“Newt has more baggage than the airlines,” one of the ads said, citing consulting fees he earned from government-backed mortgage lender Freddie Mac. It also claims Gingrich joined with top House Democrat, Nancy Pelosi, to grant $60 million to a United Nations program supporting China’s “brutal one-child policy.”

China’s one-child policy refers to the country’s efforts to limit population growth to one child per couple and human rights advocates say it has led to forced sterilizations and abortions.

PolitiFact Florida, a project by the Tampa Bay Times, rated the claim “pants on fire,” or completely inaccurate. While Gingrich did co-sponsor a resolution with Pelosi to propose funds for the UN Population Fund, the bill prohibited using any of it for involuntary sterilization or abortion.

Romney won 46 percent to Gingrich’s 32 percent, walking away with all 50 of Florida’s delegates. Gingrich picked up no more than 13 percent of the vote in the next four contests.

To contact the reporter on this story: Heidi Przybyla in Washington at

To contact the editor responsible for this story: Jeanne Cummings at


Bidding Wars Erupt as U.S. Supply of Homes for Sale Falls

By Prashant Gopal and John Gittelsohn - Mar 27, 2012 9:14 PM GMT+0700

Matthew and Carina Hensley offered $10,000 more than the asking price for a three-bedroom house in suburban Seattle, then lost out to one of seven other bidders.

Their $270,000 proposal last month came with a family portrait and a letter introducing the couple, their eight-month- old daughter, Harper, and their desire to build a family in the Renton, Washington, house with a yard backing onto a woody hillside.

Amar Shah looks through a condominium at the Ontario Road Flats condominiums in the Adams Morgan neighborhood of Washington, D.C., on March 25, 2012. Photographer: Andrew Harrer/Bloomberg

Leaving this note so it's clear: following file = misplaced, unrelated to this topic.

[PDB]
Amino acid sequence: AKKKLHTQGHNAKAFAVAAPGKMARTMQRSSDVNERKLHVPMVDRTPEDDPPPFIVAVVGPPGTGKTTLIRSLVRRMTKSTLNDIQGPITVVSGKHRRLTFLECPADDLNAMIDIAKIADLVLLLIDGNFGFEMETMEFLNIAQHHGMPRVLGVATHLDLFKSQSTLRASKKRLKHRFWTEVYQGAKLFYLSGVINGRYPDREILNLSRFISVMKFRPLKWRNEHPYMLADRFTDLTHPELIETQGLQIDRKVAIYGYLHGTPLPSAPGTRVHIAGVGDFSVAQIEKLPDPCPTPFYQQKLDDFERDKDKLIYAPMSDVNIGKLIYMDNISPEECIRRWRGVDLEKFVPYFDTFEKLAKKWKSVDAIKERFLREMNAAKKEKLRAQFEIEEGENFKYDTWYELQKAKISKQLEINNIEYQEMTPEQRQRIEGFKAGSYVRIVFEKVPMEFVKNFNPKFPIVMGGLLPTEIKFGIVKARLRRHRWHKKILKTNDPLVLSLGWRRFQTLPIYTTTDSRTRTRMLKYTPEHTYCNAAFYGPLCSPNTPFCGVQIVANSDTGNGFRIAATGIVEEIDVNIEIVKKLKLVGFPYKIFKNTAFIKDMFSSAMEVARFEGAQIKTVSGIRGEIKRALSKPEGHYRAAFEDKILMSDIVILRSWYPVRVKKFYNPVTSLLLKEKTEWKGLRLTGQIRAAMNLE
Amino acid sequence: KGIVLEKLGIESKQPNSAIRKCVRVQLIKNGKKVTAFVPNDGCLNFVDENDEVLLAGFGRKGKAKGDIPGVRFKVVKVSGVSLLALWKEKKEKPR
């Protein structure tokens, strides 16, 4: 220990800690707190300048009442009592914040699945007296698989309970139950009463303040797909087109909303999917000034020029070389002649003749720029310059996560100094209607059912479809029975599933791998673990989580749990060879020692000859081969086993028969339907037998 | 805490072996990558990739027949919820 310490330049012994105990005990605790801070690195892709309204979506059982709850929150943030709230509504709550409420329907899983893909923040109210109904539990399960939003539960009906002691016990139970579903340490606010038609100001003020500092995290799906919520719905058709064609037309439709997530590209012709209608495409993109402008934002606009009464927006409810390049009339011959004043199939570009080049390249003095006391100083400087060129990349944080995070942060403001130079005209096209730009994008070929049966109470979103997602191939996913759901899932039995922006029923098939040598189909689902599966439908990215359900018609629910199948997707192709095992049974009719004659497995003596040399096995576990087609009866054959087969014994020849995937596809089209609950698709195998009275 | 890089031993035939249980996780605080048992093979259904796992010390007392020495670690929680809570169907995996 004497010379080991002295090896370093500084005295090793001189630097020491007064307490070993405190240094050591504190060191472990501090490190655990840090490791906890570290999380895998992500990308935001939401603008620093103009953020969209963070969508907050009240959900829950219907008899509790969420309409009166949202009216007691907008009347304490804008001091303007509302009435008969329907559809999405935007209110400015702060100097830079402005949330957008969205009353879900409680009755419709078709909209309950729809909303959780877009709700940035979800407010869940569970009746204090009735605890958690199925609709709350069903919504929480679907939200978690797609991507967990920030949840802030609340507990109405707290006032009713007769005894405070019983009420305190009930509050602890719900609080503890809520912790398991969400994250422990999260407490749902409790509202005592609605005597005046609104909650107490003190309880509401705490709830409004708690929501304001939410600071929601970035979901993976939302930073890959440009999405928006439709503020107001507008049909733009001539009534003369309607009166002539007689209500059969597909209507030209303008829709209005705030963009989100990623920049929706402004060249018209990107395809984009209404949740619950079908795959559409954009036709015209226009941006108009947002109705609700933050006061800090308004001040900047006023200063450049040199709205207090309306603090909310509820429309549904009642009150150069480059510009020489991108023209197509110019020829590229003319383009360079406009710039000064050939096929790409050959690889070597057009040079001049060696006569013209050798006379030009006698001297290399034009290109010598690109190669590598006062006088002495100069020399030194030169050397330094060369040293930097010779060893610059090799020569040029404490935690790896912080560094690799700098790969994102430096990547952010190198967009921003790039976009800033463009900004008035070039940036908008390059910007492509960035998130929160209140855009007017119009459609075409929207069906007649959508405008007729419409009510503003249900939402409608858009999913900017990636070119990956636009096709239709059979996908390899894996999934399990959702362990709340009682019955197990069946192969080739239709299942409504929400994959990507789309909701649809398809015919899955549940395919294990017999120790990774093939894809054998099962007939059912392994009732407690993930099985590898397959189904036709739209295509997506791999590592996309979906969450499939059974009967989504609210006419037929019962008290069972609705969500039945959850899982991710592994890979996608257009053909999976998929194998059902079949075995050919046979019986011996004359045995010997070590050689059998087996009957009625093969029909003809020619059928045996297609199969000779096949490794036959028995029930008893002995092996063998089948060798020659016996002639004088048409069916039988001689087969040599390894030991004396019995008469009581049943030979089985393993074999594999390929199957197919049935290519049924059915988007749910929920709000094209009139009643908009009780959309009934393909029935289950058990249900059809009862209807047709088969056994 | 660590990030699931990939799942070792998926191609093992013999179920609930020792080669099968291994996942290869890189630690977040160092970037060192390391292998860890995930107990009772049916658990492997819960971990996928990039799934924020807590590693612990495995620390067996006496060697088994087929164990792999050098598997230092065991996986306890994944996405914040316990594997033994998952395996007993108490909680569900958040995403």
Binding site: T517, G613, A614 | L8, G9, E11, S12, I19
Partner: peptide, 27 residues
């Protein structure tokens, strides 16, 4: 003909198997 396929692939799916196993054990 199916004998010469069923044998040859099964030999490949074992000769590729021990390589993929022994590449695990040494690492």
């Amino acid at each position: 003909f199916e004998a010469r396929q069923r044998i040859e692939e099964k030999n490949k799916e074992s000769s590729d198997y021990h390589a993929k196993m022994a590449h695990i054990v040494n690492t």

March 23 (Bloomberg) -- Jed Kolko, chief economist at Trulia Inc., talks about the U.S. housing market. Kolko talks with Pimm Fox on Bloomberg Television's "Surveillance Midday." (Source: Bloomberg)

March 27 (Bloomberg) -- Michael Shaoul, chairman of Marketfield Asset Management, talks about the outlook for the U.S. housing market. He speaks with Betty Liu and Dominic Chu on Bloomberg Television's "In the Loop." (Source: Bloomberg)

Audio Download: Case Says Housing Is Still 'Wait & See'

Realtor Sean Aalai places an open house sign outside a five-bedroom row house for sale in the Logan Circle neighborhood of Washington, D.C. on March 25, 2012. Low prices and interest rates have driven home affordability to an all-time high, making buying a better deal than renting. Photographer: Andrew Harrer/Bloomberg

Keys hang on the wall of a five-bedroom row house for sale in the Logan Circle neighborhood of Washington, D.C., on March 25, 2012. About 2.43 million existing homes were listed for sale in February, the fewest for the month since 2005, the year U.S. home sales reached a record 7.08 million, the National Association of Realtors reported March 21. Photographer: Andrew Harrer/Bloomberg

Realtor Lindsay Reihman holds informational folders outside the Ontario Road Flats condominiums in the Adams Morgan neighborhood of Washington, D.C., on March 25, 2012. Photographer: Andrew Harrer/Bloomberg

Bidding wars, absent from most parts of the U.S. residential market since its peak in 2006, are erupting from Seattle and Silicon Valley to Miami and Washington, D.C. The inventory of homes hovers close to a six-year low, while an increase in jobs and record affordability are tempting more buyers. The number of contracts to buy previously owned homes jumped 14 percent in February from a year earlier, the National Association of Realtors reported yesterday.

“We understand there is going to be fierce competition in the offers made for your house but Carina and I both felt very strong about letting you know what it would mean to us if we were given the opportunity to live in your gorgeous and charming house,” wrote Matthew Hensley, 33, a credit union branch manager whose wife is a dental hygienist. Such letters from eager buyers were common during the housing boom.